What Are Network Effects and How to Use Them For SaaS Growth
What do Figma, Slack, and Notion have in common? They all depend on network effects to deliver customer value and grow!
In this article, we cover what network effects are and why they are important. We also look at a few examples of companies that leverage network effects to drive product growth.
Let’s dive in!
- The positive network effect is a situation when the product value grows when more users join.
- Examples of products that depend on the network effects for growth are social media sites like Facebook, messaging apps like WhatsApp, lift-sharing platforms like Uber, or marketplaces like eBay.
- Network effects drive product growth. More users make the product more valuable which enhances user satisfaction.
- Satisfied users promote the product through WOM and referral schemes, which further grows such networks and lowers customer acquisition costs (CAC).
- Users are also more likely to commit to established networks.
- As the network grows and produces more content, it gets more difficult for competitors to disrupt the business and for users to switch to other platforms. However, this can make companies complacent and hinder innovation.
- Other negative network effects are reduced usability because of congestion and strain on infrastructure and customer support.
- The direct network effect occurs when the value increases as more users join, like in social media networks.
- When the product value depends on interactions between multiple parties, like buyers and sellers on eBay, we talk about indirect network effects.
- Successful network effects businesses include Zapier, Figma, Slack, Notion, and G2.
- Zapier’s integrations enhance value, attracting more users and app developers.
- Figma catalyzed the network effect by enabling collaboration between designers and non-designers and community-generated plugins.
- Slack capitalizes on the personal network effect and people’s natural need to connect and belong.
- Notion uses the freemium model and community engagement to grow its user base.
- G2 incentivizes users and employs contextual ads to prompt them to submit reviews which increase both the customer and business value.
- Book the demo to see how Userpilot can help you drive user engagement and build your network.
What are network effects?
Network effects describe a situation when the value of the product changes as the number of users increases.
The term is normally used in the context of positive network effects. That’s when the product gets more valuable as the network grows.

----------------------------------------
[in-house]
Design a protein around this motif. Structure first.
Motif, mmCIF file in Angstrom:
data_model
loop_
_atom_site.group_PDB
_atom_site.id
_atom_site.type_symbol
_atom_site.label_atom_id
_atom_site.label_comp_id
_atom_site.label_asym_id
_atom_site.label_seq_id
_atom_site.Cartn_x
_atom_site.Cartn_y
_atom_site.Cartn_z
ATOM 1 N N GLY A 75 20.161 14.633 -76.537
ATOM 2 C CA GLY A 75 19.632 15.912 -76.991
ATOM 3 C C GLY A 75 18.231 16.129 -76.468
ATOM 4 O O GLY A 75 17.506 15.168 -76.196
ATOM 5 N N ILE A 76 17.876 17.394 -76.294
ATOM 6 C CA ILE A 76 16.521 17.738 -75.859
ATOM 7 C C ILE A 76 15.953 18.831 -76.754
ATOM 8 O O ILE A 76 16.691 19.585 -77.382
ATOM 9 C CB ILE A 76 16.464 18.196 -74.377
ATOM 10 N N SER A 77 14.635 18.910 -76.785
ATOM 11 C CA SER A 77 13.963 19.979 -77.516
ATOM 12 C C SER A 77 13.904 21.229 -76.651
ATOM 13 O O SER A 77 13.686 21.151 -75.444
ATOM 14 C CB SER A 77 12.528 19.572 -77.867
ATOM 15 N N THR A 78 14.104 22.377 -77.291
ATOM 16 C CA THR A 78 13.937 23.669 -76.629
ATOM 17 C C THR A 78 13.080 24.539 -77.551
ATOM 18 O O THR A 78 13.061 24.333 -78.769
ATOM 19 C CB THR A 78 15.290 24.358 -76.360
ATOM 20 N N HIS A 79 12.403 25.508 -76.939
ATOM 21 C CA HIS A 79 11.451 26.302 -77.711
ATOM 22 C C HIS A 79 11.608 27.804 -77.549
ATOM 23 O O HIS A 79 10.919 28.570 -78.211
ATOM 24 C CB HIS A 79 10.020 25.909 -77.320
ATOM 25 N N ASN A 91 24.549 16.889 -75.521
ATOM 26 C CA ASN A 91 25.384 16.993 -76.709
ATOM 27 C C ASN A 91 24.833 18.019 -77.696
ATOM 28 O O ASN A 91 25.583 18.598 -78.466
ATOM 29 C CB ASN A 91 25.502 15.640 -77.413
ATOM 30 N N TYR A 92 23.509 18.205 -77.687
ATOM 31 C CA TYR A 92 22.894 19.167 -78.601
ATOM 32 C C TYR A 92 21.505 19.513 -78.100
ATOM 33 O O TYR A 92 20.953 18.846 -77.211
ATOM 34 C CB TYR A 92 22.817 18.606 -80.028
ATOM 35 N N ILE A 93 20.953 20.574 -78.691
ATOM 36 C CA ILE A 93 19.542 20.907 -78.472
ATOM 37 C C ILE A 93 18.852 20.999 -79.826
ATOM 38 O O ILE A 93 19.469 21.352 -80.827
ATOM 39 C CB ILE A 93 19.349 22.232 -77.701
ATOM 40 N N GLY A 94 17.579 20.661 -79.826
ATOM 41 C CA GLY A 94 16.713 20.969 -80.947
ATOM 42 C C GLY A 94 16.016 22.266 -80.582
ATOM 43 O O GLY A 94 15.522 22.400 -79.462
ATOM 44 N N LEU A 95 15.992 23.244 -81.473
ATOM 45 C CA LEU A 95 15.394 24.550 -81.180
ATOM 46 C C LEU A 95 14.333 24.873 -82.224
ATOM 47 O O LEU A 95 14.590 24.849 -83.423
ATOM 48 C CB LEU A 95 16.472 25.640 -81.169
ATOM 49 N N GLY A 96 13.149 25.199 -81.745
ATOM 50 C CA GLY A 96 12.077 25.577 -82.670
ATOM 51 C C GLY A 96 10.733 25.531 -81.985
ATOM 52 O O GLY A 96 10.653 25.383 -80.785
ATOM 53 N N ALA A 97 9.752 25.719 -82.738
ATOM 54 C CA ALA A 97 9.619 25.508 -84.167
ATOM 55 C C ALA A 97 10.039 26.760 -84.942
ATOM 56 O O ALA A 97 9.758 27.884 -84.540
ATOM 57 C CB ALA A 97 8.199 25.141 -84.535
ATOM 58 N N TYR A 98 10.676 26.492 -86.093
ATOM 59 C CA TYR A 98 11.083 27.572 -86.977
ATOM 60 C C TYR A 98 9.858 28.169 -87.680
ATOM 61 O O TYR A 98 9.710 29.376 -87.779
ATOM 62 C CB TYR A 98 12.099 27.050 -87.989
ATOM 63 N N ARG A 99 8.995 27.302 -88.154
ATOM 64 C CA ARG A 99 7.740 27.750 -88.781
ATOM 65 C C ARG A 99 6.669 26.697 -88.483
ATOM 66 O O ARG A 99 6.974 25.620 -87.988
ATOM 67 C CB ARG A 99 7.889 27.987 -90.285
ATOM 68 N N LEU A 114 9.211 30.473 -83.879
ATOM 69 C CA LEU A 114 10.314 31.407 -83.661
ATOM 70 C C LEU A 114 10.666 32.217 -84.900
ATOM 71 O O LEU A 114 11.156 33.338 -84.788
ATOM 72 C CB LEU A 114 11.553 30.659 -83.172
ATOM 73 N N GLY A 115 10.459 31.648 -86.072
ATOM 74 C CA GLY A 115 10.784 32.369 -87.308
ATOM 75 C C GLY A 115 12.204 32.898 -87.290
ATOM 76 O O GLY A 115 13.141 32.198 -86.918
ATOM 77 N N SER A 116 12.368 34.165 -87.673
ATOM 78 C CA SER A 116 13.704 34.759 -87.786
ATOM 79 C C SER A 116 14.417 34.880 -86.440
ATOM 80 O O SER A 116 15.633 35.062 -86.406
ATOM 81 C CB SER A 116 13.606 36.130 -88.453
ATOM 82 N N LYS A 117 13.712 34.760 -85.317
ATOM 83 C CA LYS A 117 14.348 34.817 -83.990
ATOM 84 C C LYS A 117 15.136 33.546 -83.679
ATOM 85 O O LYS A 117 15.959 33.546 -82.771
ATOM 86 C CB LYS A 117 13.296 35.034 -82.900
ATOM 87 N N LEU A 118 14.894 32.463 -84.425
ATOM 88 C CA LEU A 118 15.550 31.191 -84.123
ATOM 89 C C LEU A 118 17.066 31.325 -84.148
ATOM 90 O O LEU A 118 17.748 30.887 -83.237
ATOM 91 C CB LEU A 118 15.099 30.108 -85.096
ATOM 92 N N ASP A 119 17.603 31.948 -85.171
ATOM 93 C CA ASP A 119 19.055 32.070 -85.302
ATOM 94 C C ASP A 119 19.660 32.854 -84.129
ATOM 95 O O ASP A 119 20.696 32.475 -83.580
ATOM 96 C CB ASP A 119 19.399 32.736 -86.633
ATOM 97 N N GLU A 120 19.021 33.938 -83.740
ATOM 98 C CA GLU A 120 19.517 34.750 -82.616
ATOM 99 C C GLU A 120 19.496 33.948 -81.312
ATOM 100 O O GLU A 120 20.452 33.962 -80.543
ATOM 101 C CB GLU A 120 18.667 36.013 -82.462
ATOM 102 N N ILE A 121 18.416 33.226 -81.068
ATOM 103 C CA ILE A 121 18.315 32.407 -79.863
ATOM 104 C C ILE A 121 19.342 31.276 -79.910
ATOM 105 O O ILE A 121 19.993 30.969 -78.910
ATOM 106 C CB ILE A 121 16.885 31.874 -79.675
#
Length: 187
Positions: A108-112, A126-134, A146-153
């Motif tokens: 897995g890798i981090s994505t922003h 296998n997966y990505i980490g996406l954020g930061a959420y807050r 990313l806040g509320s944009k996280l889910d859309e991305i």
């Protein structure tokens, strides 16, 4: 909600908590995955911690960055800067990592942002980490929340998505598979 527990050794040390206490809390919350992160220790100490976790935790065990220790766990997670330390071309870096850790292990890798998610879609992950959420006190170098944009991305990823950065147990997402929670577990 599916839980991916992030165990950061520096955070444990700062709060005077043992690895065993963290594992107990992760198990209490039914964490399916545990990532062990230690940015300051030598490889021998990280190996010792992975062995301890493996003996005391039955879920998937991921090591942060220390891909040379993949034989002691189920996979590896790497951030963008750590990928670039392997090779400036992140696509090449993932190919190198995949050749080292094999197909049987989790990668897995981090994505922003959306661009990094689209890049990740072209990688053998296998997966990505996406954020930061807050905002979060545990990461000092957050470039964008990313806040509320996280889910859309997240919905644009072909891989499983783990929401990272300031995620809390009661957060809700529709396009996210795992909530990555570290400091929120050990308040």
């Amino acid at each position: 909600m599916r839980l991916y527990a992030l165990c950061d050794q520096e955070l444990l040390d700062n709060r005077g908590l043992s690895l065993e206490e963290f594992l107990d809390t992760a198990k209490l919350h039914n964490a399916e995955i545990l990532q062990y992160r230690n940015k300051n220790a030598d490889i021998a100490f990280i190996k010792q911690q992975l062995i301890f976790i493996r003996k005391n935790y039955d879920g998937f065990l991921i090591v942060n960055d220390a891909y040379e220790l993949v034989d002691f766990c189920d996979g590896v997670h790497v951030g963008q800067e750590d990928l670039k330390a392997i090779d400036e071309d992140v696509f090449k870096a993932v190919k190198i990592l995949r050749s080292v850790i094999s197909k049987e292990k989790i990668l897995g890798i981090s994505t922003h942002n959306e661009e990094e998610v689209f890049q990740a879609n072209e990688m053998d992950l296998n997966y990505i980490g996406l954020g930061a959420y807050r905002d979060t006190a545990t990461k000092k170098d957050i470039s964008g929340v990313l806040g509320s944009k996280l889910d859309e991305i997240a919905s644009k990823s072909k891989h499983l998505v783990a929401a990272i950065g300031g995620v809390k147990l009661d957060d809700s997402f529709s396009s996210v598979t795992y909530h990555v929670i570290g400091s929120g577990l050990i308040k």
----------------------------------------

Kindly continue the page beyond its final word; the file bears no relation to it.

Let’s take a social network like Facebook or an instant messaging platform like WhatsApp as an example. Their value depends on how many of your friends, family members, or colleagues use them.
However, there are also negative network effects. That’s the situation when the network size reduces the product value.
What are the benefits of the network effect?
The network effect is a self-propelling mechanism that drives product growth.
Higher network density, that is a larger user base, means the product value increases. That’s because users can create more connections and access more content generated by other users. Large networks are also more attractive for advertisers if that’s how you’re monetizing the product.
Established networks are also more trustworthy. Users don’t want to waste their precious time developing their personal networks if there’s a risk the product will fold unexpectedly.
And the more time they invest, the less likely they are to switch to competing networks. User-generated content is also very difficult to copy by disruptive competition, which makes the moat even deeper.
Overall, network effects increase customer lifetime value (LTV).
If you have a messaging app you like, you want as many of your friends or relatives to use it so that you can keep in touch with them through that app. This reduces the customer acquisition cost (CAC).
What are the drawbacks of the network effect?
Sometimes, network effects can have a detrimental impact on product value. We call this the negative network effect.
Excessive network congestion could be one of the factors. When there are too many users churning out content in large quantities, it may be difficult to find what’s of interest or value to you.
Moreover, a large user base puts a strain on the product infrastructure, which could slow the network down and negatively impact the product experience. It also adds to the pressure on the support teams who have to deal with customer tickets and requests.